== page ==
Disappointing findings in anti-inflammatory drug repurposing project
Duchenne UK is disappointed to announce that a project investigating the potential of montelukast, an existing anti-inflammatory drug for asthma, to treat DMD failed to show benefit in a pre-clinical study.
In 2017 we funded Drs. Dongsheng Duan and Bob McDonald from the University of Missouri to evaluate the use of montelukast, as a potential repurposed therapy for Duchenne muscular dystrophy.
Drug repurposing can be an effective way to develop a drug with established safety data for one disease for another disease, minimising the time it takes to reach to clinical trials.
Montelukast, which is licensed as a treatment for asthma, is a type of medicine known as a leukotriene receptor antagonist. It works by blocking the action of leukotrienes, which are chemicals released by the body as part of inflammatory reactions.
The three-year programme we funded was aimed at evaluating the therapeutic efficacy of montelukast in young adult mdx mice, the most used mouse model for DMD. Given the current standard of care for DMD is corticosteroid, the project also evaluated montelukast in combination with prednisolone (a type of corticosteroid), to see if these together had a stronger therapeutic effect. The programme, which was due to complete through 2020, was initially delayed by significant technical challenges associated with the formulation of the drug and its delivery in the animal model, and subsequently by the COVID-19 pandemic.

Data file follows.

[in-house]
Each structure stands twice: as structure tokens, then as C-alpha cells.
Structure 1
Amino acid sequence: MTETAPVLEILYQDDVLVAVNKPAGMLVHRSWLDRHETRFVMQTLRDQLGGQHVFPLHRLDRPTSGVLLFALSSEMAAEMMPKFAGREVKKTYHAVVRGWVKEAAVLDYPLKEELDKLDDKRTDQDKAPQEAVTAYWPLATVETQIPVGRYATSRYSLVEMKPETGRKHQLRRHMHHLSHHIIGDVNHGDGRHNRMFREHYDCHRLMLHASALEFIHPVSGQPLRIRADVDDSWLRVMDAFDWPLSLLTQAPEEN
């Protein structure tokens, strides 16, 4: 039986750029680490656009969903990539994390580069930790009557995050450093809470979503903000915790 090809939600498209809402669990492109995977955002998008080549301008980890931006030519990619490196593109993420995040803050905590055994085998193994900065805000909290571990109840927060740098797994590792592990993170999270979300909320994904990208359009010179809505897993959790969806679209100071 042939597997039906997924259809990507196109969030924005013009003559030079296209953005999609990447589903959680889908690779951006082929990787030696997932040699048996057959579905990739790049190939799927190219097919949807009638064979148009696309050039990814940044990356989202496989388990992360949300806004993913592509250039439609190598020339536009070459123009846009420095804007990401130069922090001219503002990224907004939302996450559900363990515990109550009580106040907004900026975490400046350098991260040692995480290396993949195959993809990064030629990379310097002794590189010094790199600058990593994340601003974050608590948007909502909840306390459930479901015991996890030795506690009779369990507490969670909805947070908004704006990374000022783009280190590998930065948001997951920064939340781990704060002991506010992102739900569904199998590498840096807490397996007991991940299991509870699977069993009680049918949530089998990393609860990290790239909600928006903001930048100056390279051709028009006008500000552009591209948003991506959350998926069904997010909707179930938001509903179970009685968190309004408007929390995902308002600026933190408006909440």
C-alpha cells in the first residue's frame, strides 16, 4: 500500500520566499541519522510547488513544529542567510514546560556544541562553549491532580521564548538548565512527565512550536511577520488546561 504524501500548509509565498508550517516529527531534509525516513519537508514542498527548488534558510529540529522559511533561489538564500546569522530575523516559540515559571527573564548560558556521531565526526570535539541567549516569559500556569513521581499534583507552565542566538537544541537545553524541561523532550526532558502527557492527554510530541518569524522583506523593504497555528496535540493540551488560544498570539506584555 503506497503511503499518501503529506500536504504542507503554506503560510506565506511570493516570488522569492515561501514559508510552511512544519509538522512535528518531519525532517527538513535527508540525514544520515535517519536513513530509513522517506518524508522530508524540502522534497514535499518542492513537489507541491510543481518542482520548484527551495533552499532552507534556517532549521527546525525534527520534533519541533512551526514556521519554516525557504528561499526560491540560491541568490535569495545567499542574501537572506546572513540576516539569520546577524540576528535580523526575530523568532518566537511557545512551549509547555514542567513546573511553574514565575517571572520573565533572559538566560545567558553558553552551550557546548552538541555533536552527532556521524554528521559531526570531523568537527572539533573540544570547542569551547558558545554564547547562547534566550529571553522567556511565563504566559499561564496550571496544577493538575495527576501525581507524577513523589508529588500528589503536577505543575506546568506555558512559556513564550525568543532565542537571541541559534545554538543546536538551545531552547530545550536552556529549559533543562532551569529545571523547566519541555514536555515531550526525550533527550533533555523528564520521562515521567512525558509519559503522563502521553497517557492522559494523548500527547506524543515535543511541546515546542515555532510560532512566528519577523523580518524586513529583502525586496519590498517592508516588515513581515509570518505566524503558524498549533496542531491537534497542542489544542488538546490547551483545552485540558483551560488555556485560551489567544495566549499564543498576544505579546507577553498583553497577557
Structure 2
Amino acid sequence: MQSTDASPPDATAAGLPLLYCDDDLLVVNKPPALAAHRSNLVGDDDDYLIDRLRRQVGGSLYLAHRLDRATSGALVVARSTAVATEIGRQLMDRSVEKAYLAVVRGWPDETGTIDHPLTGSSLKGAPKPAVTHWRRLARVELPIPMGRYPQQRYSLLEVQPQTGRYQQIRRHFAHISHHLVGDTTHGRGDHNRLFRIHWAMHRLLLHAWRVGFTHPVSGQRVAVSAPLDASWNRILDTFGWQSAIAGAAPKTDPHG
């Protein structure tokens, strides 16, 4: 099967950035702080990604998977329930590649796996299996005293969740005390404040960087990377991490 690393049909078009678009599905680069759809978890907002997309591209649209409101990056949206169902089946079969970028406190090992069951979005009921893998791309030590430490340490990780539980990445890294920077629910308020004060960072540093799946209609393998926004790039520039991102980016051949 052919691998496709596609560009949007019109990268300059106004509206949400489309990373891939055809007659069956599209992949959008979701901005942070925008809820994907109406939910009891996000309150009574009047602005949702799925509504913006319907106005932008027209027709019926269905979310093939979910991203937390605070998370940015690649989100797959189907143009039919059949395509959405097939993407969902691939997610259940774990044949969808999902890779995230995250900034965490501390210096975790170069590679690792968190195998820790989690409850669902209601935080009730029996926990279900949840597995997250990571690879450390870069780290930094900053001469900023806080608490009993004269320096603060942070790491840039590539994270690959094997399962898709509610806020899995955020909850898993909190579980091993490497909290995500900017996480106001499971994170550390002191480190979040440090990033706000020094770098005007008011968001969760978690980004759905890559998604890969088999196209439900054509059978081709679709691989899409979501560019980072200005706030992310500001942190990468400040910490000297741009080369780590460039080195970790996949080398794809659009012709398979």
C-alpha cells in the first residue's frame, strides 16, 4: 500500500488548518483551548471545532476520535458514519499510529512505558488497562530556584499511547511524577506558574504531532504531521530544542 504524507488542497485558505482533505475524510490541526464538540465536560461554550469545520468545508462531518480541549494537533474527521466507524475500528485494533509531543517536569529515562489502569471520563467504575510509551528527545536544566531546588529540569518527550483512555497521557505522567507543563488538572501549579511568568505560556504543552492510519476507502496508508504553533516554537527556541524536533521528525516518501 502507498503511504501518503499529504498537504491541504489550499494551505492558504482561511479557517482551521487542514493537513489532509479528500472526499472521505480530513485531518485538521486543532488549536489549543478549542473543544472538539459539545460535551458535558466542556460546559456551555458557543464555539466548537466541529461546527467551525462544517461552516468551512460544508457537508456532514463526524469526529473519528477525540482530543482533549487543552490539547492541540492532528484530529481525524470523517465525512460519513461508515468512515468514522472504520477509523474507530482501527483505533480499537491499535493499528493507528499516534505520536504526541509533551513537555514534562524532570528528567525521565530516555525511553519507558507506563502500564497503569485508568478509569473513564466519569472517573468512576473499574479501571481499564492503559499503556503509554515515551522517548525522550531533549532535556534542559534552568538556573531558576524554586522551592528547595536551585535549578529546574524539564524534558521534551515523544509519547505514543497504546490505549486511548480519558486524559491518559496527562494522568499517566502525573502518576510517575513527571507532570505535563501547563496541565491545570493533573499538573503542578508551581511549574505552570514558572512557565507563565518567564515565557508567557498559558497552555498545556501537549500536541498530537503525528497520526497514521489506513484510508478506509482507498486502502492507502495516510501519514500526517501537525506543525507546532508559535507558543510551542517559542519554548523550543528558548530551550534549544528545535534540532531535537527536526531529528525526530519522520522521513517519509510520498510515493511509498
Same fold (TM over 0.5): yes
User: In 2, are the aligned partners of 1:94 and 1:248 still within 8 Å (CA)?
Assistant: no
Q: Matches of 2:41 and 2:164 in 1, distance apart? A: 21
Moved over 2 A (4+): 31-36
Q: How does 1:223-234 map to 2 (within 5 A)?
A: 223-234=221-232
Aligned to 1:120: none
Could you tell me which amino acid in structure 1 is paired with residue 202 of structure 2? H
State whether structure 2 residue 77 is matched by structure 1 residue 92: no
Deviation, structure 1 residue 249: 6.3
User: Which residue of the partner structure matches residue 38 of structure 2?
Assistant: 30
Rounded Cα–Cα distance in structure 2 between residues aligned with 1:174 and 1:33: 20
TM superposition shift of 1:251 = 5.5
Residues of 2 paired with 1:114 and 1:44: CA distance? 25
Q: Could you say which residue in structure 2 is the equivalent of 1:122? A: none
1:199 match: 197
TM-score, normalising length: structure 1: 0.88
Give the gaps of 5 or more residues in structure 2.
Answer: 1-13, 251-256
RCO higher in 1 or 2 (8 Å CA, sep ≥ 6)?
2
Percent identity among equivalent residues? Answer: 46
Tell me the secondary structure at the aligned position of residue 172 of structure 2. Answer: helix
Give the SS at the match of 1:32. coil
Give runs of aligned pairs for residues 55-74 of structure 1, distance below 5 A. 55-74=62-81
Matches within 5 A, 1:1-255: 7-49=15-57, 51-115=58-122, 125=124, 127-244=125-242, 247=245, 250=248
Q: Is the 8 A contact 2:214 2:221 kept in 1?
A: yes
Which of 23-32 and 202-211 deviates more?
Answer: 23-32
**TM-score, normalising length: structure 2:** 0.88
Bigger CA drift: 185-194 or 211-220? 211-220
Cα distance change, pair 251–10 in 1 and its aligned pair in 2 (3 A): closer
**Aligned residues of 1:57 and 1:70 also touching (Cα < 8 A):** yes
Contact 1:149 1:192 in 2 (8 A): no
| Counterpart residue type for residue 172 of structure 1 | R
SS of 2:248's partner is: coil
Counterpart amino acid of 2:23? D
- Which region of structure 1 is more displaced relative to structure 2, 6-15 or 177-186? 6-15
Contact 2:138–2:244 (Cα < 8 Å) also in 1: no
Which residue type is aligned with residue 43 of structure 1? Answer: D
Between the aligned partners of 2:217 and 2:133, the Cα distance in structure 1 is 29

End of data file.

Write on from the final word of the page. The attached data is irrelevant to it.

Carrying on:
Unfortunately, despite montelukast being an effective anti-inflammatory drug in asthma, in this initial research in DMD, it was not found to reduce muscle disease in mdx mice. This could be due to several factors, including the age of the mice used in the study, the duration of treatment, or the possibility that the biological pathway regulated by montelukast may not be a primary contributor to muscle inflammation in DMD. At this stage, we can only conclude that within the conditions used in this study that a significant beneficial effect was not observed to justify further support from Duchenne UK.
The researchers at University of Missouri are planning more work in mice models of DMD to further elucidate the findings of the project.
We are sharing this disappointing news in the interests of openness and in the hope that all knowledge – whether the results are positive or not – can help progress understanding and the search for effective treatments in DMD.